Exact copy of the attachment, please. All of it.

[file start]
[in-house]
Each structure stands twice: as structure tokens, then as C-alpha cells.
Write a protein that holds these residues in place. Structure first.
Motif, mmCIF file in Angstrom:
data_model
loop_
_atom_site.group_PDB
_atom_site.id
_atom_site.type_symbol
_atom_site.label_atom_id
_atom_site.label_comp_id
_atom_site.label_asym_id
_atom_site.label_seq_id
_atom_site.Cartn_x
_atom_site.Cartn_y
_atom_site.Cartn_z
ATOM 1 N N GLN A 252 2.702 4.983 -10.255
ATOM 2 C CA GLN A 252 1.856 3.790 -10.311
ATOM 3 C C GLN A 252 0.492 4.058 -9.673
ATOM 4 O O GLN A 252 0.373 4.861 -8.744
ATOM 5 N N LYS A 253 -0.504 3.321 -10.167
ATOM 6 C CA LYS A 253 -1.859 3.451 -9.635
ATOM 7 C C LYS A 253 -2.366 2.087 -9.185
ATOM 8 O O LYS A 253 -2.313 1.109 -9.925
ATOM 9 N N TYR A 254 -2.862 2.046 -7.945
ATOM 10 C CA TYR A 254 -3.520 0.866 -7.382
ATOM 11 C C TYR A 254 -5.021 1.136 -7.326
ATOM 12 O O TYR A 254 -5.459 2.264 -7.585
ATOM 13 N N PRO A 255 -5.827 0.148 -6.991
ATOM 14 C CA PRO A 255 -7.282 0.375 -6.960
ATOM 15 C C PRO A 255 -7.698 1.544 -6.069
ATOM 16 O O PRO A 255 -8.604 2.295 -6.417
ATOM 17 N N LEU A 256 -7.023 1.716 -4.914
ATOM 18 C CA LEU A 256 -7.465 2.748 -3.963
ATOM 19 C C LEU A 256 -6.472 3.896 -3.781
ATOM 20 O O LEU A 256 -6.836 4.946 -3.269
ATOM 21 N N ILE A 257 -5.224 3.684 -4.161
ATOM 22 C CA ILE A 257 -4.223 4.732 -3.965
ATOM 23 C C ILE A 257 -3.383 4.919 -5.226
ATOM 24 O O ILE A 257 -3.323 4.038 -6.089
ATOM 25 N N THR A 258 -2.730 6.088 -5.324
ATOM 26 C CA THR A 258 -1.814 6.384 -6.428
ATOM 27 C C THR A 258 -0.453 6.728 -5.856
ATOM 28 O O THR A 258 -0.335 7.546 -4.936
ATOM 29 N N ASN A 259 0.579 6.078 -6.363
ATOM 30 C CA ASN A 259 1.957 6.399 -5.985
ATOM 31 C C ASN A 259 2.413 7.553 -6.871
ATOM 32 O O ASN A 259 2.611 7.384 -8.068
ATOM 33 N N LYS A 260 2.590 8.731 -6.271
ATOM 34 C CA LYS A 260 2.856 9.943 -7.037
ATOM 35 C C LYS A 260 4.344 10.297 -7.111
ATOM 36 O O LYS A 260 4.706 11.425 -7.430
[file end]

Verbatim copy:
[in-house]
Each structure stands twice: as structure tokens, then as C-alpha cells.
Write a protein that holds these residues in place. Structure first.
Motif, mmCIF file in Angstrom:
data_model
loop_
_atom_site.group_PDB
_atom_site.id
_atom_site.type_symbol
_atom_site.label_atom_id
_atom_site.label_comp_id
_atom_site.label_asym_id
_atom_site.label_seq_id
_atom_site.Cartn_x
_atom_site.Cartn_y
_atom_site.Cartn_z
ATOM 1 N N GLN A 252 2.702 4.983 -10.255
ATOM 2 C CA GLN A 252 1.856 3.790 -10.311
ATOM 3 C C GLN A 252 0.492 4.058 -9.673
ATOM 4 O O GLN A 252 0.373 4.861 -8.744
ATOM 5 N N LYS A 253 -0.504 3.321 -10.167
ATOM 6 C CA LYS A 253 -1.859 3.451 -9.635
ATOM 7 C C LYS A 253 -2.366 2.087 -9.185
ATOM 8 O O LYS A 253 -2.313 1.109 -9.925
ATOM 9 N N TYR A 254 -2.862 2.046 -7.945
ATOM 10 C CA TYR A 254 -3.520 0.866 -7.382
ATOM 11 C C TYR A 254 -5.021 1.136 -7.326
ATOM 12 O O TYR A 254 -5.459 2.264 -7.585
ATOM 13 N N PRO A 255 -5.827 0.148 -6.991
ATOM 14 C CA PRO A 255 -7.282 0.375 -6.960
ATOM 15 C C PRO A 255 -7.698 1.544 -6.069
ATOM 16 O O PRO A 255 -8.604 2.295 -6.417
ATOM 17 N N LEU A 256 -7.023 1.716 -4.914
ATOM 18 C CA LEU A 256 -7.465 2.748 -3.963
ATOM 19 C C LEU A 256 -6.472 3.896 -3.781
ATOM 20 O O LEU A 256 -6.836 4.946 -3.269
ATOM 21 N N ILE A 257 -5.224 3.684 -4.161
ATOM 22 C CA ILE A 257 -4.223 4.732 -3.965
ATOM 23 C C ILE A 257 -3.383 4.919 -5.226
ATOM 24 O O ILE A 257 -3.323 4.038 -6.089
ATOM 25 N N THR A 258 -2.730 6.088 -5.324
ATOM 26 C CA THR A 258 -1.814 6.384 -6.428
ATOM 27 C C THR A 258 -0.453 6.728 -5.856
ATOM 28 O O THR A 258 -0.335 7.546 -4.936
ATOM 29 N N ASN A 259 0.579 6.078 -6.363
ATOM 30 C CA ASN A 259 1.957 6.399 -5.985
ATOM 31 C C ASN A 259 2.413 7.553 -6.871
ATOM 32 O O ASN A 259 2.611 7.384 -8.068
ATOM 33 N N LYS A 260 2.590 8.731 -6.271
ATOM 34 C CA LYS A 260 2.856 9.943 -7.037
ATOM 35 C C LYS A 260 4.344 10.297 -7.111
ATOM 36 O O LYS A 260 4.706 11.425 -7.430